A good source for fire-clay is pottery-supply stores.They are on line
too.Barring that you might be able to just use clay dug localy.I dont
reckon it would hold up as well as fire clay,but would save you a bit of
money.If your wanting to build an open top forge you have a lot more
options.Ive just finished today moulding blocks of castable
refractory,rated at 3000*,to line my charcoal forge,..but to build one
competly from the stuff would cost a bit .
People do not know,because people do not do.
Home depot sells fire clay. 50 lb. bag for a few dollars. Not much of an
insulator, but should hold up to the heat of a coal forge? I saw a receipe
on one of the bags for using cement in the clay to make bricks. Been
meaning to try that to see how solid they were. Insulation is easy -
standing up to abuse under temp and flux is not so easy ;-)
Maybe this is just a small point, but I think you want "castable
refractory". As previously mentioned, it isn't a real good insulator,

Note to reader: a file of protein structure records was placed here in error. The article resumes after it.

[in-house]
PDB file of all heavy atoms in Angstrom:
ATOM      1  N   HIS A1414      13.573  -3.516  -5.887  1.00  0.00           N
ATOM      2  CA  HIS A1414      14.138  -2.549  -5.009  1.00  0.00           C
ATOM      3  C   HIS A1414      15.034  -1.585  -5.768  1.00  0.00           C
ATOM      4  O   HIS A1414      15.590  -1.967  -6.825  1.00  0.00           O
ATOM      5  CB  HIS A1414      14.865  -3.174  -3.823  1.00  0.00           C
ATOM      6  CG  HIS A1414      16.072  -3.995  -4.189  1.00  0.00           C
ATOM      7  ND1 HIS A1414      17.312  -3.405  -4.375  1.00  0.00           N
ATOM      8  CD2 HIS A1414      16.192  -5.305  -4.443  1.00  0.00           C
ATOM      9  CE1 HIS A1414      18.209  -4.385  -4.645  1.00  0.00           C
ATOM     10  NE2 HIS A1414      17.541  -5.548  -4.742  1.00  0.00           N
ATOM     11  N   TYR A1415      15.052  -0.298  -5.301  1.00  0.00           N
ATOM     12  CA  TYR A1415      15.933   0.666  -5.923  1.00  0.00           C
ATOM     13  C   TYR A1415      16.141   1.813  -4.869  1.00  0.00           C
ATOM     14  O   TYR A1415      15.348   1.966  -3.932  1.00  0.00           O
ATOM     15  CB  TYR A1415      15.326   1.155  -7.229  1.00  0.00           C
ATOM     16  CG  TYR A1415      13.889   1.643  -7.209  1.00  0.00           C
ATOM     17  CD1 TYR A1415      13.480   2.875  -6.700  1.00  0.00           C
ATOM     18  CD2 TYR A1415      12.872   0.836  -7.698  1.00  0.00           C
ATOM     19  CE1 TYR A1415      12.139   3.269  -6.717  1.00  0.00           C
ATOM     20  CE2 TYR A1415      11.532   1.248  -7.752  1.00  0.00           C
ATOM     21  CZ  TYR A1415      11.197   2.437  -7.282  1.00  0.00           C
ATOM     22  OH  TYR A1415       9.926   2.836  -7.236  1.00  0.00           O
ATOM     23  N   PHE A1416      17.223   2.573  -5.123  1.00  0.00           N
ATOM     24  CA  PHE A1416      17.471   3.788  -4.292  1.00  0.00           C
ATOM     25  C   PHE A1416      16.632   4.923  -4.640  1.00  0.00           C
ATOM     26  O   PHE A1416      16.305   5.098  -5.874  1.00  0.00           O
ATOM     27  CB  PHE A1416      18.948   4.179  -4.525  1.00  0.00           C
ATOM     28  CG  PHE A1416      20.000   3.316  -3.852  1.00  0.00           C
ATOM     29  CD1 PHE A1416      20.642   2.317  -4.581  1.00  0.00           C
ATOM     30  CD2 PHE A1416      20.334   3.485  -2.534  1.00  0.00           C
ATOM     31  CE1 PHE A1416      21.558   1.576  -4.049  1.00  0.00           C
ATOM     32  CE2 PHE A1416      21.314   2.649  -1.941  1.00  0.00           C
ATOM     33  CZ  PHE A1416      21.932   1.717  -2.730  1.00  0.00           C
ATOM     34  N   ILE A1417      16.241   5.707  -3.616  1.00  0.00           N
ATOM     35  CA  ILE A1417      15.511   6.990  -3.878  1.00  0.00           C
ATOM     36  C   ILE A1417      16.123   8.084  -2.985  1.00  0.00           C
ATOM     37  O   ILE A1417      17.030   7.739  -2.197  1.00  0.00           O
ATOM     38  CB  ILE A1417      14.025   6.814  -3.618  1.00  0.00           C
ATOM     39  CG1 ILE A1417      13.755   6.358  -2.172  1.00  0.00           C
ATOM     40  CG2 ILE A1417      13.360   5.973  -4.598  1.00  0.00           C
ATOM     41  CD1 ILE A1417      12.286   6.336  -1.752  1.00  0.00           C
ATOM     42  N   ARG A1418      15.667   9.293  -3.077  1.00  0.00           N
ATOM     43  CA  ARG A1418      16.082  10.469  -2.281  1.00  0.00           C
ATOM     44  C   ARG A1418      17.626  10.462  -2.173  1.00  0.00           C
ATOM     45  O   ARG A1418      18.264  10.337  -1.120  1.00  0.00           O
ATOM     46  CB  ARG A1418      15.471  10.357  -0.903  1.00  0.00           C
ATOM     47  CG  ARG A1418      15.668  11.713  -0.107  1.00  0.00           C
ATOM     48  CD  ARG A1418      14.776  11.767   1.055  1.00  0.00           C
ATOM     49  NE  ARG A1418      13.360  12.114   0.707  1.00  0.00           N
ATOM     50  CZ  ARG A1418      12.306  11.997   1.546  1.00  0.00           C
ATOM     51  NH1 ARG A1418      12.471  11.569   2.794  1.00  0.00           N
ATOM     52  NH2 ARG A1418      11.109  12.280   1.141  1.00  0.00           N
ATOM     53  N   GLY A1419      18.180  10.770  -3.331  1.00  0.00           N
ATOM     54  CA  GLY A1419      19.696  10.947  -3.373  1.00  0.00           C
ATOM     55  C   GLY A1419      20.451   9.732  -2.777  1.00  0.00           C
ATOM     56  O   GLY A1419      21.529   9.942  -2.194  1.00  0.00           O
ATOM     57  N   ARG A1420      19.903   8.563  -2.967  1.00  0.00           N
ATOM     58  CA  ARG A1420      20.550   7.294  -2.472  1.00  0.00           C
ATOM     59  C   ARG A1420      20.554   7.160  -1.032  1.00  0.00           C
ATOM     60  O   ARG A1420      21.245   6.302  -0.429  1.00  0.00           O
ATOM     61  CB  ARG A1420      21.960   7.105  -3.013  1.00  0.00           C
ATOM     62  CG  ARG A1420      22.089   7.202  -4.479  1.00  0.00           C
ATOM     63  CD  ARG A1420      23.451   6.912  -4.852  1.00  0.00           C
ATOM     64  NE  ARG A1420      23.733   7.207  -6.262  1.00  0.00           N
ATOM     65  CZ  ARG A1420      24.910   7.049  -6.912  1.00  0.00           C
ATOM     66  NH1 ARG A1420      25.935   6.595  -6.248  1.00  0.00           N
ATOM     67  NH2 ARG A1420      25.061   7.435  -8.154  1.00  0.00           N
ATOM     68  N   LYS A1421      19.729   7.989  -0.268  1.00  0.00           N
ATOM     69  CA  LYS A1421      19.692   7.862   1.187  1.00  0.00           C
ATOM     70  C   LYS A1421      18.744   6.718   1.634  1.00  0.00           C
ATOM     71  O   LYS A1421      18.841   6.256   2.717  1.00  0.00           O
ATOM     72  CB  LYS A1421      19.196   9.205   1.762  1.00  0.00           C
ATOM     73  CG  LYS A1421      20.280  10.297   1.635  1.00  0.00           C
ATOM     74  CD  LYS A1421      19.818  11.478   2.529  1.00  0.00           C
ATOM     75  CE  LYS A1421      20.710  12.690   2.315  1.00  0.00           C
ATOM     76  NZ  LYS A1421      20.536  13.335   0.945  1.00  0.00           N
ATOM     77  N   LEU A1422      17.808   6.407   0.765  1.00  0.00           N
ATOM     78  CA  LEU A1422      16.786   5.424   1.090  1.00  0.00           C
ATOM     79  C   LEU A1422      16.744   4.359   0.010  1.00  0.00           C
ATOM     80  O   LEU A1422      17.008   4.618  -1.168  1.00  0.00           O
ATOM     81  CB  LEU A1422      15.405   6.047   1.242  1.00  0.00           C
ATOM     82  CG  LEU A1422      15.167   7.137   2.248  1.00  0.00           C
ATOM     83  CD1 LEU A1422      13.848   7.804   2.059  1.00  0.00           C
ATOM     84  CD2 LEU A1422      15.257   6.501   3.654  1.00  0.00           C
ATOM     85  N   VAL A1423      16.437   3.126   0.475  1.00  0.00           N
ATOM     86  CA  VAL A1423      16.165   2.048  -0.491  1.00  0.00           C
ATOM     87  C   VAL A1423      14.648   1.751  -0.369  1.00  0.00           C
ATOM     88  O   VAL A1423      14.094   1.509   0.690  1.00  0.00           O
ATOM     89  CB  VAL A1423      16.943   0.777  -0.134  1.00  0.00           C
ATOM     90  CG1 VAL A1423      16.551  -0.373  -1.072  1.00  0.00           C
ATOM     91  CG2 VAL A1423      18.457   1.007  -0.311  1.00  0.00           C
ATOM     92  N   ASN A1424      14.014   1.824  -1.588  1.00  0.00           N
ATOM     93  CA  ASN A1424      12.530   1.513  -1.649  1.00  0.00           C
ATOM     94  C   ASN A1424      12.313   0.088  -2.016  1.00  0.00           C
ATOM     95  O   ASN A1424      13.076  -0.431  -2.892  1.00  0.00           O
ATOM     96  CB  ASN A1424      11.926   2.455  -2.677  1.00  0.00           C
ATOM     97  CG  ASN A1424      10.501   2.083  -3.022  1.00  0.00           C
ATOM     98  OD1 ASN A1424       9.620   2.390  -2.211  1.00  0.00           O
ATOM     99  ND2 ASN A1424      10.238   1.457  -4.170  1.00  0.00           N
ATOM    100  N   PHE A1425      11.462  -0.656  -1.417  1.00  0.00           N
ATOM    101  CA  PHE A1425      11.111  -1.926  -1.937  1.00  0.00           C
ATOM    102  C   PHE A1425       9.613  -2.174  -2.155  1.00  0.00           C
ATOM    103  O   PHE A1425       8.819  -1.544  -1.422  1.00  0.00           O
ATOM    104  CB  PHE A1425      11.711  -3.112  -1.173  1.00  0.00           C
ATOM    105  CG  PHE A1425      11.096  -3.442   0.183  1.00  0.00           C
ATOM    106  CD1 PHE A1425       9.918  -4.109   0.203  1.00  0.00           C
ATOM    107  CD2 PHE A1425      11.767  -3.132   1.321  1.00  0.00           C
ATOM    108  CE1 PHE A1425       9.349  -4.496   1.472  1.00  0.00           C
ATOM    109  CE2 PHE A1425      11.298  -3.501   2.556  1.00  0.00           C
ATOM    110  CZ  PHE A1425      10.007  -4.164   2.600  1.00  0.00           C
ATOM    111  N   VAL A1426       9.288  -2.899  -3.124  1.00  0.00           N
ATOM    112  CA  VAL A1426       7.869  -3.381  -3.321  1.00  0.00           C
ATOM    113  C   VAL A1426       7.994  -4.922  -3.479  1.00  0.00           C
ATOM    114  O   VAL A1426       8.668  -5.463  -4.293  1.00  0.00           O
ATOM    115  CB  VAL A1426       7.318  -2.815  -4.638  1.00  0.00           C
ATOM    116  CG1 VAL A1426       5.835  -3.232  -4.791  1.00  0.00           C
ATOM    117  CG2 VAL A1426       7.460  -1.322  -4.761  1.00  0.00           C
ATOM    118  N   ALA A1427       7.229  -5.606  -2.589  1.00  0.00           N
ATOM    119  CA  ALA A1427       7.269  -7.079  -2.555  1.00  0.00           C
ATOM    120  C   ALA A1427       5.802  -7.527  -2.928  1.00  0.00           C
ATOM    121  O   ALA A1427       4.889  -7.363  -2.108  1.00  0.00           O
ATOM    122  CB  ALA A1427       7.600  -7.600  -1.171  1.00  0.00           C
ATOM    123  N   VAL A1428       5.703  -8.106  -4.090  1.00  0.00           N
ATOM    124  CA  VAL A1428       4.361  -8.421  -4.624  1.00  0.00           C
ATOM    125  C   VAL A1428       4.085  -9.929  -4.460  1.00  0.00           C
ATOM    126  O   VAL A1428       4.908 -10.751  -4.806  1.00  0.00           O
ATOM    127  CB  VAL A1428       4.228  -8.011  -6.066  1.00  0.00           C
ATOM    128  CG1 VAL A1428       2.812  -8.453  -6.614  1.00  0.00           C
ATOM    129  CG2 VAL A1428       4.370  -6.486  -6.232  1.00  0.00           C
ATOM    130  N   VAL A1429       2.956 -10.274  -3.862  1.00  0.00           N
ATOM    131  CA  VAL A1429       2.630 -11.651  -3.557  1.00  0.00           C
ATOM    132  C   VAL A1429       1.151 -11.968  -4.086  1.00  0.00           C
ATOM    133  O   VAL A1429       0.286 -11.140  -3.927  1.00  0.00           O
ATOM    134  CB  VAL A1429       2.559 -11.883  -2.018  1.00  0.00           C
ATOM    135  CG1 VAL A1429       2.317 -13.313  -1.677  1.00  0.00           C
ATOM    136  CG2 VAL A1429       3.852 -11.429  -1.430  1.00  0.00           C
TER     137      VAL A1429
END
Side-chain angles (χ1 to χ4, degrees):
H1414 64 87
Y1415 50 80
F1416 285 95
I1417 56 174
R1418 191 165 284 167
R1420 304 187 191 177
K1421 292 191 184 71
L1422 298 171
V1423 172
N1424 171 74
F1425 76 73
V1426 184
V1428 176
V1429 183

but will help protect the forge. I know a potter who mixes his
castable refractory about 1/2 and 1/2 with sawdust. The sawdust burns
out and leaves lots of spaces that add to the insulating properties.
I would not use locally dug clay. It could work, but needs to be fired
to be effective and you don't really have that option. I tried it once
in a little rivet forge. When you wet your coal, the stuff soaks up
water and becomes soft so you are getting it mixed in with the coal. As
others have said, go th a place the sells firebrick or pottery supplies
and tell them what you want to do.
Where are you? I have 5 bags of castable refractory that never gott
poured into walls of the maple syrup evaporator.
In west central Wisconsin,
james pelzer wrote:
For myself it was just a discussion of easily obtainable materials for the
express purpose of making the forge stand up to the abuses of high
tempertures and flux. As I said, it's easy and cheap to insulate with wool
blanket but you need an interior that is tougher and if you can do that with
fire clay (not just locally dug clay) then it might be fun to try.
You can get the refractory from Budget Casting
http://www.budgetcastingsupply.com /. You might look in the local yellow
pages for a ceramics supply house, or a refractory supply house. I'm in
Southern California, and I usually get my refractory stuff from Laguna
Clay, in the City of Industry, or Resco Products in Santa Fe Springs.
Resco is set up as an industrial supplier, but if you walk in they're
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